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November 2012 Issue

Commercial Submarines: A Solution for the US Economy and Defense
By Paul D. Bagley

With proposed trillion dollar cutbacks in defense spending, the axe of austerity will soon fall upon major defense projects like the U.S. Navyís nuclear submarine program. How can the U.S. resolve economic woes while avoiding cuts to its national security programs? It can be done—by building and operating commercial submarines designed exclusively for moving cargo.

Surface tension exists wherever air and water meet, slowing the movement of any object within its vortex, for instance, ships moving along the oceanís surface. Submerged vessels, however, are not hampered by it. Speeds attainable underwater are more than twice that possible on the surface. The weather, rough seas and even pirates are not issues underwater. A cargo sub could travel in less than half the time of a surface ship, and the cargo would not be subject to damage from surface conditions nor at risk of losses from piracy.

Cargo submarines would also not need to conduct radical evasive maneuvering below the surface, which means they could be the size of aircraft carriers. They would not need sound-deadening, the ability to dive deep or the active electronic surveillance and defense systems of their military counterparts. The operational bottom need not be deeper than a few hundred feet below the water surface, making feasible large hull openings for loading and unloading containerized cargo.

Some could be equipped with holds for transporting petroleum, grain, ore or other bulk cargo. Furthermore, volatile material like liquefied petroleum gas would ride safer underwater.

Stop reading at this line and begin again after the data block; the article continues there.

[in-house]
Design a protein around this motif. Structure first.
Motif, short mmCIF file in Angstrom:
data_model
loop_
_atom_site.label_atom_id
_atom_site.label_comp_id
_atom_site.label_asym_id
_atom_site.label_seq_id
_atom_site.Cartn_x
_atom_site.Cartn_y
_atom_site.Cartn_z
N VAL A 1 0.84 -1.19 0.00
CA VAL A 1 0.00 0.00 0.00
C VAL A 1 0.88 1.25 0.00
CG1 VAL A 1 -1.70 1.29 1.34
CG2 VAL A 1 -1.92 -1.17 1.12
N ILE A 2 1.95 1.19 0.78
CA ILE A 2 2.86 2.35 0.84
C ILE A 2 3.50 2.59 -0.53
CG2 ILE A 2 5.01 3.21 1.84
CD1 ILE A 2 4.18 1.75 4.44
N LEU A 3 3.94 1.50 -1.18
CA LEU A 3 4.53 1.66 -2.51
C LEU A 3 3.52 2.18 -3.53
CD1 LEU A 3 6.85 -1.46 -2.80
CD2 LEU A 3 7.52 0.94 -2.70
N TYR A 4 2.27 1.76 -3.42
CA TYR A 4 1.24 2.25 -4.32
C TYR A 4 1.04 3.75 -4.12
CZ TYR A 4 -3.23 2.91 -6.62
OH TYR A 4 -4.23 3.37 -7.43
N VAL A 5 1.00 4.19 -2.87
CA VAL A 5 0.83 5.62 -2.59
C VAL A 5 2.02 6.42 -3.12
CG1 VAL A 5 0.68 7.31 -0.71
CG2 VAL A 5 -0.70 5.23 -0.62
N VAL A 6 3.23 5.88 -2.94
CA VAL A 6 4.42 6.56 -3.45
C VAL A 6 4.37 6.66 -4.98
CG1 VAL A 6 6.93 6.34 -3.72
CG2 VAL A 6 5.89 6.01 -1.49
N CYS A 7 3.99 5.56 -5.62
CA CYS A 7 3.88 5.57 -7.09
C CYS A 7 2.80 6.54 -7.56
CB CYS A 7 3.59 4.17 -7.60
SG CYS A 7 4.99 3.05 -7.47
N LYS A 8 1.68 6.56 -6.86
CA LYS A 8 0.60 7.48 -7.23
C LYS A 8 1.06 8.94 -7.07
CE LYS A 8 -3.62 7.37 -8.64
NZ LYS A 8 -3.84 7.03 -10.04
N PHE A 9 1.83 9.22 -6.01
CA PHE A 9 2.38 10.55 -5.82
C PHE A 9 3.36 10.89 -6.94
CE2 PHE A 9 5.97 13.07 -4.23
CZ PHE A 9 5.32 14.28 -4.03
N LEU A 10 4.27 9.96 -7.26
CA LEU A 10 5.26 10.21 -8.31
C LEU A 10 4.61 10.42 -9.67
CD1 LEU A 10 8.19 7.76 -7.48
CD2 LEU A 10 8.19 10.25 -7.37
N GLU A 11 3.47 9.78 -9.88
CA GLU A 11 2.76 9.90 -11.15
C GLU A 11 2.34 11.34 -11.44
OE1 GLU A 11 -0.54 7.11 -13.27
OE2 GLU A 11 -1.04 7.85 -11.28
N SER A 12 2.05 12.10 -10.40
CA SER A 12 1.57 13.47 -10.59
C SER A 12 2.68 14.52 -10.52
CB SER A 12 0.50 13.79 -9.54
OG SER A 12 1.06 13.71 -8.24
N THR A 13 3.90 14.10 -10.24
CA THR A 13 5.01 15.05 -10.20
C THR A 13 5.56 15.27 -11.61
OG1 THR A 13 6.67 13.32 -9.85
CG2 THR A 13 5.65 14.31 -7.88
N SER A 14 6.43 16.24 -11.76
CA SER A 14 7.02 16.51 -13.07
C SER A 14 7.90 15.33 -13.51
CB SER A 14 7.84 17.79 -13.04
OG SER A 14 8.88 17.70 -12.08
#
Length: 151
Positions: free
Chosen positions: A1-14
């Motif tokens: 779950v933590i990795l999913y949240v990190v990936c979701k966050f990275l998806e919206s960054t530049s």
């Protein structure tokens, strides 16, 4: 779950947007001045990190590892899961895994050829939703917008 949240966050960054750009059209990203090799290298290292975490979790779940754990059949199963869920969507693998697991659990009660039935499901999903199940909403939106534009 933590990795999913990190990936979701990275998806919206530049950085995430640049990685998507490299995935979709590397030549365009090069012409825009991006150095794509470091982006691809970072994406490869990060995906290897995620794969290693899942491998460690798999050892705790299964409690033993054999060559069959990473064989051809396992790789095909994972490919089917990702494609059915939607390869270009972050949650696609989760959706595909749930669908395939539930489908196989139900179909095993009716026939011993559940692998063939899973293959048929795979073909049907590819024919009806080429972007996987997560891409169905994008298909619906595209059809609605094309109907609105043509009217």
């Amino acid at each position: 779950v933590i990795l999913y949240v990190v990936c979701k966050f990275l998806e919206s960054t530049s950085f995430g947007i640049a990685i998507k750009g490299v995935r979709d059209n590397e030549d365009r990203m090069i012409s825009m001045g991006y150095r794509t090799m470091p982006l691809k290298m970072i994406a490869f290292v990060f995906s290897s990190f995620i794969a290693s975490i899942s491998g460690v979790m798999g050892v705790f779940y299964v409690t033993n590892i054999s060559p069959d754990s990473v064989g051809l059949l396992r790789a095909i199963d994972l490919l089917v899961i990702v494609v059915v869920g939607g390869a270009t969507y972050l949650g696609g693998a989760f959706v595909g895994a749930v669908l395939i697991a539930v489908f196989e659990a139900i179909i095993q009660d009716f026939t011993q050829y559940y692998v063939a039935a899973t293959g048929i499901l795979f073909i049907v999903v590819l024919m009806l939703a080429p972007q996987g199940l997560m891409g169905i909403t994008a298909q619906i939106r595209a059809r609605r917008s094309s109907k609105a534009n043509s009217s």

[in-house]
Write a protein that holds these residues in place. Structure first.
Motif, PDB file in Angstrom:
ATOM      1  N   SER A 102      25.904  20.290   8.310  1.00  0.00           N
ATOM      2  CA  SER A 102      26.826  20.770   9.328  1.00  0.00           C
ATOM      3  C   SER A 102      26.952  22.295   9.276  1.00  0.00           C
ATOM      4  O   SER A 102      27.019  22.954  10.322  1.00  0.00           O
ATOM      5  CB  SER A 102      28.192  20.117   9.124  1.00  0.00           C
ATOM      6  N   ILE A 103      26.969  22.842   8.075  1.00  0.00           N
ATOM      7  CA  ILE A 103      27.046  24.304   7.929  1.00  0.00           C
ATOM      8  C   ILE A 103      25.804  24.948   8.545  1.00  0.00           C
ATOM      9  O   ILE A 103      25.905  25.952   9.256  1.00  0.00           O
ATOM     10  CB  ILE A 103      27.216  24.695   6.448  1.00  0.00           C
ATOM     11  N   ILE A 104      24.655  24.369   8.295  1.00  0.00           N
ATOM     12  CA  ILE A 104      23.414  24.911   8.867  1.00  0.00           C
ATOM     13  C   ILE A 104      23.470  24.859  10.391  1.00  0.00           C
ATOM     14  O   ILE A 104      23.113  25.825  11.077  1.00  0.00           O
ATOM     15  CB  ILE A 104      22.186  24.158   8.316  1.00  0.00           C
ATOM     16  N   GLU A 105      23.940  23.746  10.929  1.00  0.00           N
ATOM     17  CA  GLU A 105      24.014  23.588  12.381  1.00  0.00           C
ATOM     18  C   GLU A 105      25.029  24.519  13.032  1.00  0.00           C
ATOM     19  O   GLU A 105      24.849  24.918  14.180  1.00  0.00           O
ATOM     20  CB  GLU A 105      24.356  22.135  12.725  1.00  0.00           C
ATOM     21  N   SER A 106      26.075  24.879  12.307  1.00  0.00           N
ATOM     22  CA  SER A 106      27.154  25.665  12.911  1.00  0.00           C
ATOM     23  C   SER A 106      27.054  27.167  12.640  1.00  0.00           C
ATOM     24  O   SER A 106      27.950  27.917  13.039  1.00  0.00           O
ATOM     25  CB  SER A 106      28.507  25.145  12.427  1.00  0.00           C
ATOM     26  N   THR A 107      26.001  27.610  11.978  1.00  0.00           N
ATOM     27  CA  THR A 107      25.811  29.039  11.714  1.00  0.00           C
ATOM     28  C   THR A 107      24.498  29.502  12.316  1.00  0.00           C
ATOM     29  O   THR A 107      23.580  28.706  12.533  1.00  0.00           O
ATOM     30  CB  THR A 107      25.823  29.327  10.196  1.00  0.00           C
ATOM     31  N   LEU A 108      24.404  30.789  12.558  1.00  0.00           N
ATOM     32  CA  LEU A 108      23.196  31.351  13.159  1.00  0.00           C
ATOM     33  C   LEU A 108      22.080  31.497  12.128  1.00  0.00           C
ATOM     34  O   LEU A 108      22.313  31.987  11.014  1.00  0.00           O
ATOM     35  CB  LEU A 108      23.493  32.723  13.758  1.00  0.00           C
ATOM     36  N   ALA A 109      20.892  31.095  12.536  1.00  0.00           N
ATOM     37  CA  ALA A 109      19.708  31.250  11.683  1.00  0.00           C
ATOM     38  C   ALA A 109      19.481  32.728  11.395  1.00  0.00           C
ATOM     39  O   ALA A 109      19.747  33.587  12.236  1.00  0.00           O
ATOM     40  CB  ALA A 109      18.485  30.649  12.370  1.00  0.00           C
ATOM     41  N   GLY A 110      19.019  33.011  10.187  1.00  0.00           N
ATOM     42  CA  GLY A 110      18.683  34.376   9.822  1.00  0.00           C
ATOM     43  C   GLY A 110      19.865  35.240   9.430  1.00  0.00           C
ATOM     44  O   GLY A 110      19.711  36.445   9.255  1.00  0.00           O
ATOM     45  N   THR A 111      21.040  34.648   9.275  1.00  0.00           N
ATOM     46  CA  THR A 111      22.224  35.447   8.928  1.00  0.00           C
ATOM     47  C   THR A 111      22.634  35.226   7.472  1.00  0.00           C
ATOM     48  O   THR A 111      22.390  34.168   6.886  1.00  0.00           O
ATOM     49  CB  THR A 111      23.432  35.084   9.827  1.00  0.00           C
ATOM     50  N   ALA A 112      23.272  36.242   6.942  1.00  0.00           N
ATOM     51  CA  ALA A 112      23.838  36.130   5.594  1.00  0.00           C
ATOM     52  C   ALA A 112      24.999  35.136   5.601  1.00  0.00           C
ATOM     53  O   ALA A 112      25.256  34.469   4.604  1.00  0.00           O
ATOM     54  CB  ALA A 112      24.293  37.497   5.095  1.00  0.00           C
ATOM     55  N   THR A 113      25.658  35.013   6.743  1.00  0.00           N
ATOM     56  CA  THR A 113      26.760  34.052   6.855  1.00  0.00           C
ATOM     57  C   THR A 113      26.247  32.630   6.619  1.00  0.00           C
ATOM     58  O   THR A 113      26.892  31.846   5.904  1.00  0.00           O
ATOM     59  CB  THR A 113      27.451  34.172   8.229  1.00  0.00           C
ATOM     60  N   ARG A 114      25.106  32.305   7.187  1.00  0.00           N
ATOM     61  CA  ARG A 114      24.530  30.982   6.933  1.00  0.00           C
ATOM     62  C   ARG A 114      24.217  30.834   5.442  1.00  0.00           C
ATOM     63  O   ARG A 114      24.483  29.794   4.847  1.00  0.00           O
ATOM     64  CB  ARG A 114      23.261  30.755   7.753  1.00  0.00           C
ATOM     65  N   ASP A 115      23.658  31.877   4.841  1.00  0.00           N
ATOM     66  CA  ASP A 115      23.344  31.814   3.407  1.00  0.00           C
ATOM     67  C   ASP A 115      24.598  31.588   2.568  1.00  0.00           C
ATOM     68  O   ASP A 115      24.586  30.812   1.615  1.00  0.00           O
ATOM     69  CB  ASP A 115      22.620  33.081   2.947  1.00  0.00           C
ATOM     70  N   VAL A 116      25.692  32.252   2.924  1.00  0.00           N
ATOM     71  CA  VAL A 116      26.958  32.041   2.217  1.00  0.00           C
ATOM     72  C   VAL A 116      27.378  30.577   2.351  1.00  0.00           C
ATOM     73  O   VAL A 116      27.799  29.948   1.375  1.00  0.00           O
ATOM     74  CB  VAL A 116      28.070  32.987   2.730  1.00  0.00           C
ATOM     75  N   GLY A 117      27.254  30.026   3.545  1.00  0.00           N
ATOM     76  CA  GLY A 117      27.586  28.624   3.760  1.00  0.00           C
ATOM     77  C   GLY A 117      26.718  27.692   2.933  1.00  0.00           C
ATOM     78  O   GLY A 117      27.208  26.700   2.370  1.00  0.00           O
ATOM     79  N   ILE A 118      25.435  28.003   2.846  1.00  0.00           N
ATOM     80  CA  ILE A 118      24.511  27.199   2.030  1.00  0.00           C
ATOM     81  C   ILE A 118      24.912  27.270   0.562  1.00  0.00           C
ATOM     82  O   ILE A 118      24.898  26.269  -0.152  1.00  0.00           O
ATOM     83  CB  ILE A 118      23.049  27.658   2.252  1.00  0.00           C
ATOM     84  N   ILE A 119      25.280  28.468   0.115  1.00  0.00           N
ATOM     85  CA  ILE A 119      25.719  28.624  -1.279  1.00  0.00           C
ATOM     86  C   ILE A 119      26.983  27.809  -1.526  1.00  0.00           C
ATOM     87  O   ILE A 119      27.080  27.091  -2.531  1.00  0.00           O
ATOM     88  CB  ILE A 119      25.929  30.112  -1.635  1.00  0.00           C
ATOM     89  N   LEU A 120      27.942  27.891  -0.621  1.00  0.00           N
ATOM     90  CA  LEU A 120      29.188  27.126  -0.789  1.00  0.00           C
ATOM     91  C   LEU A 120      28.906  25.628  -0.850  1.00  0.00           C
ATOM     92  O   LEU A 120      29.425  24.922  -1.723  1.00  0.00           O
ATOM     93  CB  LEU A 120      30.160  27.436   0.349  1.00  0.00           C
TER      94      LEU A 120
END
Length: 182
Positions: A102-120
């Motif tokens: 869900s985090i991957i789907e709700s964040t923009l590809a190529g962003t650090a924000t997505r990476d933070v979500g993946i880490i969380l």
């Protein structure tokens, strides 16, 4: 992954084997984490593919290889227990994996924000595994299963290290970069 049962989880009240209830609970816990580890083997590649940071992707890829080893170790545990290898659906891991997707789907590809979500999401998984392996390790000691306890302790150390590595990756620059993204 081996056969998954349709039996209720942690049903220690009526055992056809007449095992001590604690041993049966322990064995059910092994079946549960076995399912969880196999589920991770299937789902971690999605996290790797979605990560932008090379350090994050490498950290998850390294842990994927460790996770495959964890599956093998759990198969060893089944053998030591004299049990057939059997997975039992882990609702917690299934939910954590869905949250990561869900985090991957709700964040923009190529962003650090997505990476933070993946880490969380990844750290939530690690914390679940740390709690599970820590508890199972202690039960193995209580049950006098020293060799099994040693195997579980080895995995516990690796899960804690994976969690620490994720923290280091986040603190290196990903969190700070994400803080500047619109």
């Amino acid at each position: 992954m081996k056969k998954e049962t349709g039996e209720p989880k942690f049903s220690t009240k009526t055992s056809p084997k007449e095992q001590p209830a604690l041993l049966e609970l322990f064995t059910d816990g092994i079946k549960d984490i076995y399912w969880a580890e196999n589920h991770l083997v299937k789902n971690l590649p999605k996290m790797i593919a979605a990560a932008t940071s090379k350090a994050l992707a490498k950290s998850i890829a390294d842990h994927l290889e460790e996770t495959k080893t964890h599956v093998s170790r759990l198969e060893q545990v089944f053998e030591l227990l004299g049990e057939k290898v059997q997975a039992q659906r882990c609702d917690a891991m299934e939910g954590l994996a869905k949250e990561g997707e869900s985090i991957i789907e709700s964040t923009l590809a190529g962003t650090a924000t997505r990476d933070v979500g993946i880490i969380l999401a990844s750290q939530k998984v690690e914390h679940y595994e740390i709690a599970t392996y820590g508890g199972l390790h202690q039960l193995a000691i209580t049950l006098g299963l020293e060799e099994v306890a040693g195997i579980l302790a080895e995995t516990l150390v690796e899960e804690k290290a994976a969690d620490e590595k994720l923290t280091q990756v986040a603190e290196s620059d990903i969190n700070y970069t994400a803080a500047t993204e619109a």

The boats could be operated by tax-paying businesses leasing them from the government, as cargo is not a military function. Industry financing would defray operational costs, while the boats would be government-owned and maintained in shipyards that service U.S. military submarines and meet U.S. maritime regulations.

The propulsion systems would be nuclear, which would require crews to meet the same rigid standards for security and expertise as the U.S.ís nuclear Navy. Since the U.S. has already incurred great expense to train crews, it would make sense to take advantage of the knowledge and experience of these trained personnel by putting them to work on similar, nonmilitary tasks.

For example, General Dynamics Electric Boat (Groton, Connecticut) employs thousands of skilled technicians who build military submarines. If contracts were to cease or be drastically curtailed, unemployment alone would cripple Connecticut, causing billions in government expenses. This was the key reason for continuation of the Seawolf nuclear-powered, fast-attack submarine program after the Soviet Union collapsed. Seawolfs were designed to fight an enemy that no longer existed, but it was determined to cost more in lost taxes and unemployment if the boats were not delivered.

Just like skilled sailors, ship designers and builders must maintain their skill levels, and that is tough to do when they are unemployed because jobs are lacking. By switching production to cargo submarines, the U.S. would keep existing shops and yards open, thus offering a nationwide economic benefit.